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Publication numberUS2754365 A
Publication typeGrant
Publication dateJul 10, 1956
Filing dateSep 15, 1952
Priority dateSep 15, 1952
Publication numberUS 2754365 A, US 2754365A, US-A-2754365, US2754365 A, US2754365A
InventorsWalters Warren R
Original AssigneeMaico Company Inc
Export CitationBiBTeX, EndNote, RefMan
External Links: USPTO, USPTO Assignment, Espacenet
Acoustical tone control for wearable hearing aids
US 2754365 A
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Description  (OCR text may contain errors)

July 10, 1956 w. R. WALTERS 2,754,365

ACOUSTICAL TONE CONTROL FOR WEARABLE HEARING AIDS Filed Sept. 15. 1952 2 Sheets-Sheet 1 INVENTOR.

War/v03 Wefiaj /7 BY July 10, 1956 w. R. WALTERS ACOUSTICAL TONE CONTROL FOR WEARABLE HEARING AIDS Filed Sept. 15, 1952 2 Sheets-Sheet 2 0 u z z W FRf'QUE/YCY //Y CR6.

MICROPHONE F4? Mala IN VEN TOR.

wa e/Z2 m 20 BY WW1 nited States Patent 4 ACOUSTICAL TONE CONTROL F QR WEARABLE HEARING AIDS Warren R. Walters, Natiek, Mass, assignor to The Maico Company, incorporated, Minneapolis, Minn., a corporation of Minnesota Application September 15, 1952, Serial No. M9584 Claims. (Cl. 179-107) My present invention relates to improvements in wearable hearing aids, and more particularly to that type of hearing aid structure comprising an air conduction type audio reproducer or receiver located remotely from the wearers ear and is connected to an auditory canal of the car by a flexible sound conduit or tube and a suitable ear piece or coupling. In hearing aids of this general character, the quality of the sound presented at the wearers ear is often impaired as a result of frequency discrimination, which takes place during transmission of the sound waves through the flexible sound delivery conduit tube, and which most usually appears at the car as an overemphasis of those frequencies at the lower portion of the speech sound spectrum. The magnitude of this apparent over-ernphasis of low frequencies depends largely upon the physical characteristics of the flexible sound conduit and the length of the sound conduit, both of which are widely variable, and the latter of which is usually adjusted to suit the requirements of each user. From this it will be seen that the variable factors controlling the degree of frequency discrimination taking place within the flexible sound conduit make it difficult and, in most cases, impractical to correct the frequency response electrically within the amplifier or any point ahead of the reproducer.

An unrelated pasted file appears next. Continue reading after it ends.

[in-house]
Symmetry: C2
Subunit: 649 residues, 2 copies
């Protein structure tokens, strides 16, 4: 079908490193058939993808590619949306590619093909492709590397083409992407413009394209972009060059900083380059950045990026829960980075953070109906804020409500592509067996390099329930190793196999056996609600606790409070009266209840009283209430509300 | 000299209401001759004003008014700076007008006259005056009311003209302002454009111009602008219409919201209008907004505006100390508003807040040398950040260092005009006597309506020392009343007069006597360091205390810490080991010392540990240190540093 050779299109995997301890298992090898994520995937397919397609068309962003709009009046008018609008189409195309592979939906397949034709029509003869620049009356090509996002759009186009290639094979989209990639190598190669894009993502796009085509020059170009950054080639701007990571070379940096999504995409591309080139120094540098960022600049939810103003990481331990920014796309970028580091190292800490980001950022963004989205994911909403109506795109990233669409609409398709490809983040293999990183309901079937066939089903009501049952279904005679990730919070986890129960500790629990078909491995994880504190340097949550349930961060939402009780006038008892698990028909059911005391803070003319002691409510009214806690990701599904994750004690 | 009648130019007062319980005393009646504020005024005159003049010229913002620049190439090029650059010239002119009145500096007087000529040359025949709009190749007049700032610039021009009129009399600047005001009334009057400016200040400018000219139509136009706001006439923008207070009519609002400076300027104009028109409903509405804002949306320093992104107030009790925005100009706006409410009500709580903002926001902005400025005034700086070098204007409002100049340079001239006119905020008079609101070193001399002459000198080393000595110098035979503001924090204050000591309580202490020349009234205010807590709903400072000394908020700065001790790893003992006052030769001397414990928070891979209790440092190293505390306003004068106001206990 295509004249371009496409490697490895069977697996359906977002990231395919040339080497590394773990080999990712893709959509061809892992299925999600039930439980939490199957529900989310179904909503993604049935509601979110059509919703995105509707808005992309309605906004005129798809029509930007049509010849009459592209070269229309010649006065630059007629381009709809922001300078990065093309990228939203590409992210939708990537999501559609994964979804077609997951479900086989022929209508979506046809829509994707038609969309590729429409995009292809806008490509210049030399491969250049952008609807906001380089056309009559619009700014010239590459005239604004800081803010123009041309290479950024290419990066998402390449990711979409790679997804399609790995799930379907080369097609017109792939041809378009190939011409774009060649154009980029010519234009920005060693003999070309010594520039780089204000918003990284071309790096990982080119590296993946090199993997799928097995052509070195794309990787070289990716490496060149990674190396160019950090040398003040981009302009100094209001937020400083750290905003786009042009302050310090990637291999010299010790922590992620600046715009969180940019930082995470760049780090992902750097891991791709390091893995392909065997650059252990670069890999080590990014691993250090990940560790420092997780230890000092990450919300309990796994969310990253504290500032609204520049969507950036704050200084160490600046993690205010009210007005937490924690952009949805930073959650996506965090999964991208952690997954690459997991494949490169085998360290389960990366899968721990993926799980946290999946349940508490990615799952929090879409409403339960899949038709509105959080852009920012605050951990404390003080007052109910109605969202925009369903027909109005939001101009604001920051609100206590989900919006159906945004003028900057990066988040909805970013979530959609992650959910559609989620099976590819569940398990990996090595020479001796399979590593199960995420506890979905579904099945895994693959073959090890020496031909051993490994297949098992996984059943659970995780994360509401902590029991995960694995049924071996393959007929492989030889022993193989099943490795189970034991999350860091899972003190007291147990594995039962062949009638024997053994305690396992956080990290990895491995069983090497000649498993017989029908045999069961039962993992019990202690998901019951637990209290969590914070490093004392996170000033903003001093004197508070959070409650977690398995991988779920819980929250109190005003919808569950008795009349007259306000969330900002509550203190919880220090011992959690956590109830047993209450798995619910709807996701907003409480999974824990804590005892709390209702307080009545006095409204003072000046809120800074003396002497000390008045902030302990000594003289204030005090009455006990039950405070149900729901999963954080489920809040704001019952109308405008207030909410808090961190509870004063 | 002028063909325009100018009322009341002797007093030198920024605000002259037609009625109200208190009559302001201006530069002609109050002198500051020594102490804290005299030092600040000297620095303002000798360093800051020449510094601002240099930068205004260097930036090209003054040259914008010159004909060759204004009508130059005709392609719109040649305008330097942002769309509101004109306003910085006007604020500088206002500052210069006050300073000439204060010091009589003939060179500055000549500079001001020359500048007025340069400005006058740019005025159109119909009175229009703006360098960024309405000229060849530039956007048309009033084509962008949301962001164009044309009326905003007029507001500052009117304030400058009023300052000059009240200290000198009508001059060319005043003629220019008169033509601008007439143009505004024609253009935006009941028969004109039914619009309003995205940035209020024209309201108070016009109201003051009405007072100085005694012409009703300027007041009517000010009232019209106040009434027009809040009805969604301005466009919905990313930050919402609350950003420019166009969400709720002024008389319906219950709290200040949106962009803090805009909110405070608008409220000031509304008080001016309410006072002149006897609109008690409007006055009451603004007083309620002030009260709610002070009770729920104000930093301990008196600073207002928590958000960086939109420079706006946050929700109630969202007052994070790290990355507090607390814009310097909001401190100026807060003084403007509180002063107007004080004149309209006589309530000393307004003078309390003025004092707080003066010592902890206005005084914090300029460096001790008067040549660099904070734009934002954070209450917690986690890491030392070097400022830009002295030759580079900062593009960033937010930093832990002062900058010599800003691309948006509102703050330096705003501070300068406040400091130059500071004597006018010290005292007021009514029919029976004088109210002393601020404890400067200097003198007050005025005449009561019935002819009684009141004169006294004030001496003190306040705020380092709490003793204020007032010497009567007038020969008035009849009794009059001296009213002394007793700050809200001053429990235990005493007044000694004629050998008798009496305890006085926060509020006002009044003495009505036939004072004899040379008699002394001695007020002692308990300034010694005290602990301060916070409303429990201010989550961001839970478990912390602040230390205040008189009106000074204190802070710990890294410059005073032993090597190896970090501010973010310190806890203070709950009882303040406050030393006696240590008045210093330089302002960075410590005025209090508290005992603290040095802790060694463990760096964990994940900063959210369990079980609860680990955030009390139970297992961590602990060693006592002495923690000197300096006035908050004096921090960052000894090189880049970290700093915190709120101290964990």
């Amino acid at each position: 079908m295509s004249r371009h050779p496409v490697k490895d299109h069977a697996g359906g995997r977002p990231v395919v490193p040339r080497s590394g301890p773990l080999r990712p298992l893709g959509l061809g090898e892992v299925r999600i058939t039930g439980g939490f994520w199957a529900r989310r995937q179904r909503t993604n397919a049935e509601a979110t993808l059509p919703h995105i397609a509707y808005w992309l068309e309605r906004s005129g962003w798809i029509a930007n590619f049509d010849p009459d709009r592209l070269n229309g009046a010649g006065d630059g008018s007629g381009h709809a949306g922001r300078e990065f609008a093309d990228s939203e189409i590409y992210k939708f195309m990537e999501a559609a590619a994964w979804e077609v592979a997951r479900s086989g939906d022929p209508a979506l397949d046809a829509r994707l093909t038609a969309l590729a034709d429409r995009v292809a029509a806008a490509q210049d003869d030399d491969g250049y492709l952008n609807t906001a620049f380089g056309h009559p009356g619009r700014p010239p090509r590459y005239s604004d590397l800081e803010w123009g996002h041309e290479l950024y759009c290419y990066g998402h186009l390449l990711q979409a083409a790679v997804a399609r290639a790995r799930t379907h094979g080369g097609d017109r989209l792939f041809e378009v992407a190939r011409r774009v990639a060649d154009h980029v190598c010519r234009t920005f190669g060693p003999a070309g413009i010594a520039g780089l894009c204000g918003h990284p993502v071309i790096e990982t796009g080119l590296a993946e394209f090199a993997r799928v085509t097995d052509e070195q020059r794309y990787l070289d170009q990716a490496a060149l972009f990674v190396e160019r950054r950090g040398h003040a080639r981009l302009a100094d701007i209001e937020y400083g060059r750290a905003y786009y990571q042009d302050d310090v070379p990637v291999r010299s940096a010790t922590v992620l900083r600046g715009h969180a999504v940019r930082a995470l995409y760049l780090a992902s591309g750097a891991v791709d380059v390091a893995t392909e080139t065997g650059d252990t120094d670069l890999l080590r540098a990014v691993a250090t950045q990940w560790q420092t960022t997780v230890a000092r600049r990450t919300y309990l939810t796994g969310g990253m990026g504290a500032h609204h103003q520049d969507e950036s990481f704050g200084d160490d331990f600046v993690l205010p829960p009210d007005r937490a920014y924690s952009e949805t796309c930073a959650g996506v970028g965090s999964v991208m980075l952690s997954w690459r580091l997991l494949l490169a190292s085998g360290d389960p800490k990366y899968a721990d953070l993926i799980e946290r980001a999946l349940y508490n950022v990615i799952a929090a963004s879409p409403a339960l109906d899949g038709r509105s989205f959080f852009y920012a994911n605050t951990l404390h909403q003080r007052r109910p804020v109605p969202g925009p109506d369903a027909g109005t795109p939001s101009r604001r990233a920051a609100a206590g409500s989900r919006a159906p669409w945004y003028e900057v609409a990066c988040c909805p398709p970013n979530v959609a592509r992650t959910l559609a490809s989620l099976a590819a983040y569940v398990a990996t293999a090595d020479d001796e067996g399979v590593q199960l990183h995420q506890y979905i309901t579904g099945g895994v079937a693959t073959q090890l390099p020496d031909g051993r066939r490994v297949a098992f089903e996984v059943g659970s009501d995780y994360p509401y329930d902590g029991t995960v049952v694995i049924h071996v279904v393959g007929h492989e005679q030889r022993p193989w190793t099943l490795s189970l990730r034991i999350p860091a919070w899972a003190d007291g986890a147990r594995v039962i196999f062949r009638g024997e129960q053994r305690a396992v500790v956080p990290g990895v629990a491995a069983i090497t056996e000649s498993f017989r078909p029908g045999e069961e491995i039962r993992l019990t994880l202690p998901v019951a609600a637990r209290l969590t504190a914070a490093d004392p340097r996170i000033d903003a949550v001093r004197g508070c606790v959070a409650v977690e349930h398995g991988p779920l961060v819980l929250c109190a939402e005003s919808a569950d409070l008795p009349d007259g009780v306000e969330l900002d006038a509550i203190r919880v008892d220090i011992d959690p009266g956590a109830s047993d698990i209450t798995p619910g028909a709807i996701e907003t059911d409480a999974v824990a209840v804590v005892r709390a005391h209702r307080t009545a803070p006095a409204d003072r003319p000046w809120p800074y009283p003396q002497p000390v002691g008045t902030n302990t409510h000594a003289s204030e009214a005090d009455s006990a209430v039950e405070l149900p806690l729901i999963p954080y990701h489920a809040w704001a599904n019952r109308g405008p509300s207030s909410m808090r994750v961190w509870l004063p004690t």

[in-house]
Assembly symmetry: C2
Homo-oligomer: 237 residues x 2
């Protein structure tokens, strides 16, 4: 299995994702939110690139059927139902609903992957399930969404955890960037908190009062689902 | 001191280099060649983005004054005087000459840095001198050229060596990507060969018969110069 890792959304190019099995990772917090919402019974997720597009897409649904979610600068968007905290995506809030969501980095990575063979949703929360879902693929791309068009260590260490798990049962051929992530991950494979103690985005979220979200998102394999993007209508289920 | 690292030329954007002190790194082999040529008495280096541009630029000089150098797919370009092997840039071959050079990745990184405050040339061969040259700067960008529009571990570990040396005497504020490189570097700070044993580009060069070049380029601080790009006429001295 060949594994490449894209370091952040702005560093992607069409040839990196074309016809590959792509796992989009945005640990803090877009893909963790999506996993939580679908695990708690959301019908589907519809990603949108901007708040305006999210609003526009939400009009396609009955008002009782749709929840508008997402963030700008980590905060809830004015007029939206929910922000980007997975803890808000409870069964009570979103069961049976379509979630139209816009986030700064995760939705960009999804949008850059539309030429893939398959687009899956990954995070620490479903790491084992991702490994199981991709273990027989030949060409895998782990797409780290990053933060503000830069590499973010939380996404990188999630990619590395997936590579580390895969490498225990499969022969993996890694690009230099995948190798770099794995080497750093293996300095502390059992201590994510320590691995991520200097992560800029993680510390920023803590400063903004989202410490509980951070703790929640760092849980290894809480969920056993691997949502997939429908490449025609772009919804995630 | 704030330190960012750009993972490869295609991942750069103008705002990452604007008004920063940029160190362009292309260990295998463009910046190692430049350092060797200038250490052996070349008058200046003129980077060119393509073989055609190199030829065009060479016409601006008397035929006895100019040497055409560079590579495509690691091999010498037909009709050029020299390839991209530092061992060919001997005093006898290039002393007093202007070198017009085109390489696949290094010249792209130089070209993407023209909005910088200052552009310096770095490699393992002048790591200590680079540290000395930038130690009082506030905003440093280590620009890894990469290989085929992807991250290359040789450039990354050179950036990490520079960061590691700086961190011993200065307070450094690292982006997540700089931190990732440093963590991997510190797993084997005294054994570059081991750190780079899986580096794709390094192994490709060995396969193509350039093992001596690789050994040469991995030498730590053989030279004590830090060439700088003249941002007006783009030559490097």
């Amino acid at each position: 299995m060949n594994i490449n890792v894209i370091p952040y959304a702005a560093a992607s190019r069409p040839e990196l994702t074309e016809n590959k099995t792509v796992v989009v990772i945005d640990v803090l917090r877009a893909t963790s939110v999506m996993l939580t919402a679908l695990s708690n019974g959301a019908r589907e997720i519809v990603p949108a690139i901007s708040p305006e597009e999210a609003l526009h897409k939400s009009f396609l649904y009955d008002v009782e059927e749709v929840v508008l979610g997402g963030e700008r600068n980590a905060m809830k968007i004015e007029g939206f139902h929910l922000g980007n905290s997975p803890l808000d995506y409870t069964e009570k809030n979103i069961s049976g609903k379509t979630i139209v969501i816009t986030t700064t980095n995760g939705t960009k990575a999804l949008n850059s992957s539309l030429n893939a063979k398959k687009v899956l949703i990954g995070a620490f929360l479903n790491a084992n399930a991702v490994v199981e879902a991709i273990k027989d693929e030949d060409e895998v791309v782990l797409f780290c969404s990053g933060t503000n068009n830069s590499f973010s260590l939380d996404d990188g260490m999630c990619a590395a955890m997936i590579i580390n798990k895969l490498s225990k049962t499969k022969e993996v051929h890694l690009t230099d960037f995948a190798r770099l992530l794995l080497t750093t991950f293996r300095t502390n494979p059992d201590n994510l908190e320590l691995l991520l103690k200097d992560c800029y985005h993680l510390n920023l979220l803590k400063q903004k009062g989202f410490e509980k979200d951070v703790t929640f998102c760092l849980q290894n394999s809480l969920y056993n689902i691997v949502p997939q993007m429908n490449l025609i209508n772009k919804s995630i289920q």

It is, therefore, an object of the instant invention to provide a simple and highly efficient means for correcting the frequency response of the acoustical portion of the hearing aid to compensate for frequency discrimination which takes place during transmission of sound waves through the flexible sound delivery conduit from the reproducer or receiver to the auditory canal of the user. in accordance with the invention, I accomplish this objective inexpensively and very satisfactorily by providing one or more restricted vent passages to atmosphere from the acoustical sound delivery system at a place therein ahead of the flexible sound delivery conduit. in practice, it is found that venting of the acoustical system to atmosphere produces a frequency discrimination in the direction tending to correct for the frequency discrimination which takes place within the flexible sound delivery conduit, and that the degree of such corrective frequency discrimination can be widely varied by merely varying the total cross-section area of the venting passage or passages. In practice, I have found that locating such tone control venting passage or passages ahead of the sound delivery conduit, rather than at or adjacent the delivery end thereof, results in improved clarity of the sounds delivered to the ear. It is believed that this improvement is due to the fact that the tendency to produce types of distortion other than frequency discrimination is reduced by eliminating from the acoustical system part of the unwanted sound before introduction of the sound into the flexible conduit.

in the preferred embodiment of the invention illustrated, the acoustical tone control comprises a plurality of restricted vent passages and a manually-operative valve mechanism for selectively controlling the opening and 2,754,365 Patented July 10, 1956 ice closing of said passages. In fact, in the preferred structure illustrated, the flexible sound delivery conduit is coupled to the audio reproducer or receiver by a coupling head having an internal cavity in sealed communication with the interior of the speaker or reproducer casing, and which coupling head defines the said tone control vent apertures and carries the valve mechanism for manually controlling said passages.

The above and other highly important objects and advantages of the invention will be made apparent from the following specification, claims and appended drawings.

In the accompanying drawings, like characters indicate like parts throughout the several views.

Referring to the drawings:

Fig. l is a view in elevation, with some parts broken away and some parts shown in section, of a wearable electronic hearing aid incorporating a preferred embodiment of the invention, and showing the same in operative relation to the ear of a hard of hearing person wearing the instrument;